Spectre movie poster

In his fourth outing, Daniel Craig's iteration of superspy James Bond takes his undersized suits, hangdog expression, and psychological damage on an epic, eye-popping, worldwide hunt for...closure? (The personal and political are pretty much identical here, and a spectre is, of course, a ghost — the sort of things that refuses to die and instead haunts the living.) It's very much a continuation of 2012's Skyfall: director Sam Mendes still knows his way around a grand-scale establishing shot, info-terrorism is still the threat, Mi6's allegedly outdated 00 program is still the issue, and family of one sort or another is still at the heart of everything. There are signs of Bond bloat within many of the action sequences — it must be hard to trim such extravagant footage — but they are at least partly overcome by an increase in levity. Some funny bits are obvious: landing on a couch after sliding off a building. Some are less so: a woman falls asleep in her dress after threatening to kill Bond if he comes near her; when she awakens, she's wearing a satin nightgown and her attitude is similarly changed. Most are welcome. Shockingly, it's the villain, played by Christoph Waltz, who disappoints. He lacks previous baddie Javier Bardem's wicked relish, and his aim is pretty lousy. 2015.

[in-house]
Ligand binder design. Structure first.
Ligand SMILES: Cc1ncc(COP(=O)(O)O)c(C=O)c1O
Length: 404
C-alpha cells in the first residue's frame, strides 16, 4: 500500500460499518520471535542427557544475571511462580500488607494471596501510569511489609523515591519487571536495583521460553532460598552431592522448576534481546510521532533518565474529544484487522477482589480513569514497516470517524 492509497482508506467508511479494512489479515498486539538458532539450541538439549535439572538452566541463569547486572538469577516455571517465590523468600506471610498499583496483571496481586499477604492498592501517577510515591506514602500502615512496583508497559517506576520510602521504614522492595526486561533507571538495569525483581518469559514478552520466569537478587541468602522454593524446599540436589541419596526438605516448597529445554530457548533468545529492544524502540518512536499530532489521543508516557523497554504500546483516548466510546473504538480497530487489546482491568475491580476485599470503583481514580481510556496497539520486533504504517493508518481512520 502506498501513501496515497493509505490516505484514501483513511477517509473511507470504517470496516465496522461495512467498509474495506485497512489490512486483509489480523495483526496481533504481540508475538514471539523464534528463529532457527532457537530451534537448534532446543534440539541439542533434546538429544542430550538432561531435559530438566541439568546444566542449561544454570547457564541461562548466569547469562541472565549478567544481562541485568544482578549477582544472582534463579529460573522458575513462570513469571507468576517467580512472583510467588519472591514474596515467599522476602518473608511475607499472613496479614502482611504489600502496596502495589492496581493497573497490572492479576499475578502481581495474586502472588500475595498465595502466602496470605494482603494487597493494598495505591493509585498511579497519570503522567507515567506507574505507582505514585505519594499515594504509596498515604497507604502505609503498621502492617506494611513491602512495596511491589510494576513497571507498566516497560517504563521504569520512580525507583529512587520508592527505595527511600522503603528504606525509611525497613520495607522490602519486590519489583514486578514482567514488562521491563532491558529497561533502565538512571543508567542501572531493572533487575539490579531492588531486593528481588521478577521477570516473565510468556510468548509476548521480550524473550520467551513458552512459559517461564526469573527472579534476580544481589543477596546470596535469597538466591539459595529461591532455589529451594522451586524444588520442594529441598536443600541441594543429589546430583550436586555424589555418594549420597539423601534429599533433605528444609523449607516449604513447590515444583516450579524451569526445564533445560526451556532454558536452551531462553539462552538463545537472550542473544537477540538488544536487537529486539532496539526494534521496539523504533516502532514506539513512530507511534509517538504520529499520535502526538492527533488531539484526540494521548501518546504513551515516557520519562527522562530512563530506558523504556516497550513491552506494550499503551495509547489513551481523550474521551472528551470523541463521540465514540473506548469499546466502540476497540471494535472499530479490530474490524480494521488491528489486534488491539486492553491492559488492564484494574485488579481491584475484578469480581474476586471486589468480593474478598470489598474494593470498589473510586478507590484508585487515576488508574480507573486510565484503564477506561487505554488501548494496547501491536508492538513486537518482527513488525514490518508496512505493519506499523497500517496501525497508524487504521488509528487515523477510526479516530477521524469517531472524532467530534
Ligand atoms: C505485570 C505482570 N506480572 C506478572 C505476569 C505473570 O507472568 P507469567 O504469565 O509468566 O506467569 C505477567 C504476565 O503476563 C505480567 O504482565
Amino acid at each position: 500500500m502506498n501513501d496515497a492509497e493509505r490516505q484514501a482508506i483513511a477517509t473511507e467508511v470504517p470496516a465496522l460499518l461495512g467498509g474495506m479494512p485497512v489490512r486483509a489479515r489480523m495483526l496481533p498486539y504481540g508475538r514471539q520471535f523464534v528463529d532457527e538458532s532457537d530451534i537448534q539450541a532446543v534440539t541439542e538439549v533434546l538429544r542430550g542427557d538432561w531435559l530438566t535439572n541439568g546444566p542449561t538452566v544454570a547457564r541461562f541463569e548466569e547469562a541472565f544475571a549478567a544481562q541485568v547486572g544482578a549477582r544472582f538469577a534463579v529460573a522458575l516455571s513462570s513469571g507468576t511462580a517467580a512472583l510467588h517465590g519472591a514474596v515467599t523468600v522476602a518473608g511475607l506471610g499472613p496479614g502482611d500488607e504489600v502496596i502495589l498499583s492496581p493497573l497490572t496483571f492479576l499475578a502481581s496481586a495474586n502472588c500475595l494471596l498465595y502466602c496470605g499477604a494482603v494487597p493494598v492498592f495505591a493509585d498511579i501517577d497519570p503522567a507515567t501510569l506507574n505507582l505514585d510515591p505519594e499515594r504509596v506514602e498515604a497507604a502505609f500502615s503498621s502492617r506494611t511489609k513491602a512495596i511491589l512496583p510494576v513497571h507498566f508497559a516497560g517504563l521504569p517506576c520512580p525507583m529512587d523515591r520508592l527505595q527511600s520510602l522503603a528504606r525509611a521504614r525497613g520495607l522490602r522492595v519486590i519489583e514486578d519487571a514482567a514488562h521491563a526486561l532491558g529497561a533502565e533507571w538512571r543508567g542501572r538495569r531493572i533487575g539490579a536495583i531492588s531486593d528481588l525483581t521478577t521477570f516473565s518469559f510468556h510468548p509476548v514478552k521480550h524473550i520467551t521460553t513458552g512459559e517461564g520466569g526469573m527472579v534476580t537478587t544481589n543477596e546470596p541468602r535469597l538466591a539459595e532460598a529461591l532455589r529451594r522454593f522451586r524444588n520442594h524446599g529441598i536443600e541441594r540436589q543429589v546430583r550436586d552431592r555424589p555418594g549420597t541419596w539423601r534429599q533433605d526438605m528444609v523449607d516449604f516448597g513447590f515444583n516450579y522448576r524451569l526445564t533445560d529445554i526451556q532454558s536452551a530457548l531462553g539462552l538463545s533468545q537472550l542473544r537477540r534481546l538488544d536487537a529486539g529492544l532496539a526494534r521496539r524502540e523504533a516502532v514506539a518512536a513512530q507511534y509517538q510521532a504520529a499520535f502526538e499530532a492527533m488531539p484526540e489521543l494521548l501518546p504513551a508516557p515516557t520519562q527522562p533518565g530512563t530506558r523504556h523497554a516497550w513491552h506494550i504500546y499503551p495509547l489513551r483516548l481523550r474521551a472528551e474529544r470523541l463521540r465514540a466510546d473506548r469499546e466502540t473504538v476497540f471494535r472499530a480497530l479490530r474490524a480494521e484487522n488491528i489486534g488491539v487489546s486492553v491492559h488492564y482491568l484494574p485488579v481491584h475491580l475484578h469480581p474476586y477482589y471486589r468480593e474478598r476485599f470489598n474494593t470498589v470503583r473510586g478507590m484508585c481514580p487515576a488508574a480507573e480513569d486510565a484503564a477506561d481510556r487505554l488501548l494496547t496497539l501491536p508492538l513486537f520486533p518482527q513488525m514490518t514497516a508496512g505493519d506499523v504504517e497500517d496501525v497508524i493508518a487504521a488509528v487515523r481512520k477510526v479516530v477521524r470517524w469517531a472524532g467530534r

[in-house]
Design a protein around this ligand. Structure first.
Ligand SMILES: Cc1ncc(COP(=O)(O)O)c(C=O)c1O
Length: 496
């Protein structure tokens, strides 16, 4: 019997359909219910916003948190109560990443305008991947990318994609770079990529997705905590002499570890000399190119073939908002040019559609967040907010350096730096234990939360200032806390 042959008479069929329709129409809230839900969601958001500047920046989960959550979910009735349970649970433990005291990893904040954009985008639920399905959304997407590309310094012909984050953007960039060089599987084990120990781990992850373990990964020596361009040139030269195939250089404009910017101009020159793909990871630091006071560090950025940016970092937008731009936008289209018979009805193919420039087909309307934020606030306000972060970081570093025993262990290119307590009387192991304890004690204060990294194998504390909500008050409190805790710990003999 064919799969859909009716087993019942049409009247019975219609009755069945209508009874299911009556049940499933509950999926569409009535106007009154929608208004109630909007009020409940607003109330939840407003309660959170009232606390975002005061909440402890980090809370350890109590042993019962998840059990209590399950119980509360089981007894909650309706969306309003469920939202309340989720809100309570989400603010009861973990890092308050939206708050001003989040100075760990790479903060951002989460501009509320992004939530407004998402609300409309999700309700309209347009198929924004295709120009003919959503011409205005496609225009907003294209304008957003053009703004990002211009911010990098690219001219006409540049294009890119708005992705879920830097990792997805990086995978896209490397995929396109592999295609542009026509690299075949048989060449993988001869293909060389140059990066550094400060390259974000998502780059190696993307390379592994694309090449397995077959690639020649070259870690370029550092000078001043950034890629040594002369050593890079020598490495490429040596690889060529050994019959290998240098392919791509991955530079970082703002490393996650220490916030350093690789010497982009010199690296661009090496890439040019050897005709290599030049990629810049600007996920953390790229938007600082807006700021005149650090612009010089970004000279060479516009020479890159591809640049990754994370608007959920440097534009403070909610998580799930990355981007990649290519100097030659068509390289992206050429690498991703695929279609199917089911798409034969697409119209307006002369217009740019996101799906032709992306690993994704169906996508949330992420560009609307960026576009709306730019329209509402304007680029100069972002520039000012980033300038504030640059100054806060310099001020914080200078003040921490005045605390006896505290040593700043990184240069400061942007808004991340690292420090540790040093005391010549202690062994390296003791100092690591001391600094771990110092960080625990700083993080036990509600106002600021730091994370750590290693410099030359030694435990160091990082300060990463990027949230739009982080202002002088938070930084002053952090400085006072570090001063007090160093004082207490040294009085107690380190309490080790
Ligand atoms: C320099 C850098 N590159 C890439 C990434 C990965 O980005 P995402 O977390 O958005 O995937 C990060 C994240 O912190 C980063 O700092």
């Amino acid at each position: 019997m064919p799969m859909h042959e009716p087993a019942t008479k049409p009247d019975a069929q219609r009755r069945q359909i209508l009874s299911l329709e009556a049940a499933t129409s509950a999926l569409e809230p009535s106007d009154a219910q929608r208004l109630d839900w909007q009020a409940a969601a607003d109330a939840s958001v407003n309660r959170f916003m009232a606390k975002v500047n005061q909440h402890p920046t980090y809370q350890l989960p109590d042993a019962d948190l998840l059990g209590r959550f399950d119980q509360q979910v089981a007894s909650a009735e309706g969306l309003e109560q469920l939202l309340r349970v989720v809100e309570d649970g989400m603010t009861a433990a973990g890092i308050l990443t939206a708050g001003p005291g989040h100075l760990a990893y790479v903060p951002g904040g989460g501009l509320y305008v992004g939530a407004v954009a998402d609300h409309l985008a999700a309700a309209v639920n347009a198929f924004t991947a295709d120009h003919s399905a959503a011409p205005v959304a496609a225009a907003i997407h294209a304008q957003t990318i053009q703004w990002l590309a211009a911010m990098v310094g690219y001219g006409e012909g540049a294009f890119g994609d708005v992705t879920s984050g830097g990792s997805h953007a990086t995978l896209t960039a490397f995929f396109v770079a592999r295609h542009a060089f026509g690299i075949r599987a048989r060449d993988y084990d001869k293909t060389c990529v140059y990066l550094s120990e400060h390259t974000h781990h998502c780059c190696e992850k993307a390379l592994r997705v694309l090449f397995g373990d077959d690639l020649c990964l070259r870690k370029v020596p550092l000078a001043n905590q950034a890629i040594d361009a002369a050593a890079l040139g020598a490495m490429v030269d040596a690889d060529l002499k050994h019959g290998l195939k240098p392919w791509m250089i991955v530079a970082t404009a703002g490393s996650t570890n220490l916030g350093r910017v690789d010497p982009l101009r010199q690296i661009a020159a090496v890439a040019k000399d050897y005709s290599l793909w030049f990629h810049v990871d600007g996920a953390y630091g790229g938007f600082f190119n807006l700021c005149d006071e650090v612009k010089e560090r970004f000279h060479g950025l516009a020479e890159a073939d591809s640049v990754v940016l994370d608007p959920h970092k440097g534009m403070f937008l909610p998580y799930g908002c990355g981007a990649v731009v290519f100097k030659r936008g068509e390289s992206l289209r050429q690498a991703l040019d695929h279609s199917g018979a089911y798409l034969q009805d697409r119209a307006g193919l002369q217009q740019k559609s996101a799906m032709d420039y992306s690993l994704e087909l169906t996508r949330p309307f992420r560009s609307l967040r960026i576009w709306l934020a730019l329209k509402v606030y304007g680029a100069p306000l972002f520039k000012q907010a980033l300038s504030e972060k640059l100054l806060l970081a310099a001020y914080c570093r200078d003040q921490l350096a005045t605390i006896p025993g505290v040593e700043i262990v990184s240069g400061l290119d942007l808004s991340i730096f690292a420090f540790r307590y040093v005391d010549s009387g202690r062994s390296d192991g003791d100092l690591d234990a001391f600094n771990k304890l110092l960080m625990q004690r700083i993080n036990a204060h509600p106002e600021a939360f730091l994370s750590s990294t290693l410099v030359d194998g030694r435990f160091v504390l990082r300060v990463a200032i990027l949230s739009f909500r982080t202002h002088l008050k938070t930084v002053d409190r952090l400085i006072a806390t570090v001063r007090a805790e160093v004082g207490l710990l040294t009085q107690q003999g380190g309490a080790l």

Matthew Lickona

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